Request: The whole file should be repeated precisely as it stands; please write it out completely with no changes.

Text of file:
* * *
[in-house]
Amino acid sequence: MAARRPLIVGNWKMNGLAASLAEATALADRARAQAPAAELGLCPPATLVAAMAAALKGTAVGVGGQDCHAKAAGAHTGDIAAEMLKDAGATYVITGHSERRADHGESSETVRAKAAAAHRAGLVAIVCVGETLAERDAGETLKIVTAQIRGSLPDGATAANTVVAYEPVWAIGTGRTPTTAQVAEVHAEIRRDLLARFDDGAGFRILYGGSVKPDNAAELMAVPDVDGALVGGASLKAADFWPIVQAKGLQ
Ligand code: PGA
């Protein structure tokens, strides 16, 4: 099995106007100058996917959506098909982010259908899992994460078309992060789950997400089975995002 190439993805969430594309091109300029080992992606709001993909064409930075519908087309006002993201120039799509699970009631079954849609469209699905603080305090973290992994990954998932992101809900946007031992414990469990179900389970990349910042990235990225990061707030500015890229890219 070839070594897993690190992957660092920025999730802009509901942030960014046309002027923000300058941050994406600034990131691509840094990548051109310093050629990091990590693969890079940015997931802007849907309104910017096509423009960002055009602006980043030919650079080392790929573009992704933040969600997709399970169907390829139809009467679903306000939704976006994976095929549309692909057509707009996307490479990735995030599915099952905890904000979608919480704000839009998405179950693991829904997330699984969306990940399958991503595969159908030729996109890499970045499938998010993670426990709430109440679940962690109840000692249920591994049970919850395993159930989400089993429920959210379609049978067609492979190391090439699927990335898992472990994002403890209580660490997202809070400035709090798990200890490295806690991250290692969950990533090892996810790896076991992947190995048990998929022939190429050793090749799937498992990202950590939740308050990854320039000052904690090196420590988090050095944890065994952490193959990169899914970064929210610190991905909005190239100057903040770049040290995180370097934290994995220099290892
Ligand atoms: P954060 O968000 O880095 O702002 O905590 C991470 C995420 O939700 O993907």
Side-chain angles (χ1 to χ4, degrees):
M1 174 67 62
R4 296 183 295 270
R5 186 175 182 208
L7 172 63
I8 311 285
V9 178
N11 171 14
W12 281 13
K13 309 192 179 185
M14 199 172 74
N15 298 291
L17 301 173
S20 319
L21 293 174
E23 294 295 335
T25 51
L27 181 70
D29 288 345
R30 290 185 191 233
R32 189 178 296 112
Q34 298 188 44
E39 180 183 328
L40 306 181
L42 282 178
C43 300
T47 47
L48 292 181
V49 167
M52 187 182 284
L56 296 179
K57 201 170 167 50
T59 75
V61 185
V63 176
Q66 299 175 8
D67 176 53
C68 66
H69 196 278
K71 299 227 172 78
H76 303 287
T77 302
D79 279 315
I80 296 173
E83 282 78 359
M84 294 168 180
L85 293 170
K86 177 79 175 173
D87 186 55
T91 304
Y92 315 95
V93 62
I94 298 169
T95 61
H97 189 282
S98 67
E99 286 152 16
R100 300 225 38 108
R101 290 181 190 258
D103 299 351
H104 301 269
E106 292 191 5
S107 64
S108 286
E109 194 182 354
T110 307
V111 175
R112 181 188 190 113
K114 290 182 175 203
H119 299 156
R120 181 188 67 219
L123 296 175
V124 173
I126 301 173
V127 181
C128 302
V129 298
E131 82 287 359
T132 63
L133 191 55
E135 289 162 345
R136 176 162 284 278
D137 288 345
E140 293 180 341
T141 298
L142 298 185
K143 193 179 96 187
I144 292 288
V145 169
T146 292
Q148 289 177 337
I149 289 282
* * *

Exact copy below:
[in-house]
Amino acid sequence: MAARRPLIVGNWKMNGLAASLAEATALADRARAQAPAAELGLCPPATLVAAMAAALKGTAVGVGGQDCHAKAAGAHTGDIAAEMLKDAGATYVITGHSERRADHGESSETVRAKAAAAHRAGLVAIVCVGETLAERDAGETLKIVTAQIRGSLPDGATAANTVVAYEPVWAIGTGRTPTTAQVAEVHAEIRRDLLARFDDGAGFRILYGGSVKPDNAAELMAVPDVDGALVGGASLKAADFWPIVQAKGLQ
Ligand code: PGA
């Protein structure tokens, strides 16, 4: 099995106007100058996917959506098909982010259908899992994460078309992060789950997400089975995002 190439993805969430594309091109300029080992992606709001993909064409930075519908087309006002993201120039799509699970009631079954849609469209699905603080305090973290992994990954998932992101809900946007031992414990469990179900389970990349910042990235990225990061707030500015890229890219 070839070594897993690190992957660092920025999730802009509901942030960014046309002027923000300058941050994406600034990131691509840094990548051109310093050629990091990590693969890079940015997931802007849907309104910017096509423009960002055009602006980043030919650079080392790929573009992704933040969600997709399970169907390829139809009467679903306000939704976006994976095929549309692909057509707009996307490479990735995030599915099952905890904000979608919480704000839009998405179950693991829904997330699984969306990940399958991503595969159908030729996109890499970045499938998010993670426990709430109440679940962690109840000692249920591994049970919850395993159930989400089993429920959210379609049978067609492979190391090439699927990335898992472990994002403890209580660490997202809070400035709090798990200890490295806690991250290692969950990533090892996810790896076991992947190995048990998929022939190429050793090749799937498992990202950590939740308050990854320039000052904690090196420590988090050095944890065994952490193959990169899914970064929210610190991905909005190239100057903040770049040290995180370097934290994995220099290892
Ligand atoms: P954060 O968000 O880095 O702002 O905590 C991470 C995420 O939700 O993907």
Side-chain angles (χ1 to χ4, degrees):
M1 174 67 62
R4 296 183 295 270
R5 186 175 182 208
L7 172 63
I8 311 285
V9 178
N11 171 14
W12 281 13
K13 309 192 179 185
M14 199 172 74
N15 298 291
L17 301 173
S20 319
L21 293 174
E23 294 295 335
T25 51
L27 181 70
D29 288 345
R30 290 185 191 233
R32 189 178 296 112
Q34 298 188 44
E39 180 183 328
L40 306 181
L42 282 178
C43 300
T47 47
L48 292 181
V49 167
M52 187 182 284
L56 296 179
K57 201 170 167 50
T59 75
V61 185
V63 176
Q66 299 175 8
D67 176 53
C68 66
H69 196 278
K71 299 227 172 78
H76 303 287
T77 302
D79 279 315
I80 296 173
E83 282 78 359
M84 294 168 180
L85 293 170
K86 177 79 175 173
D87 186 55
T91 304
Y92 315 95
V93 62
I94 298 169
T95 61
H97 189 282
S98 67
E99 286 152 16
R100 300 225 38 108
R101 290 181 190 258
D103 299 351
H104 301 269
E106 292 191 5
S107 64
S108 286
E109 194 182 354
T110 307
V111 175
R112 181 188 190 113
K114 290 182 175 203
H119 299 156
R120 181 188 67 219
L123 296 175
V124 173
I126 301 173
V127 181
C128 302
V129 298
E131 82 287 359
T132 63
L133 191 55
E135 289 162 345
R136 176 162 284 278
D137 288 345
E140 293 180 341
T141 298
L142 298 185
K143 193 179 96 187
I144 292 288
V145 169
T146 292
Q148 289 177 337
I149 289 282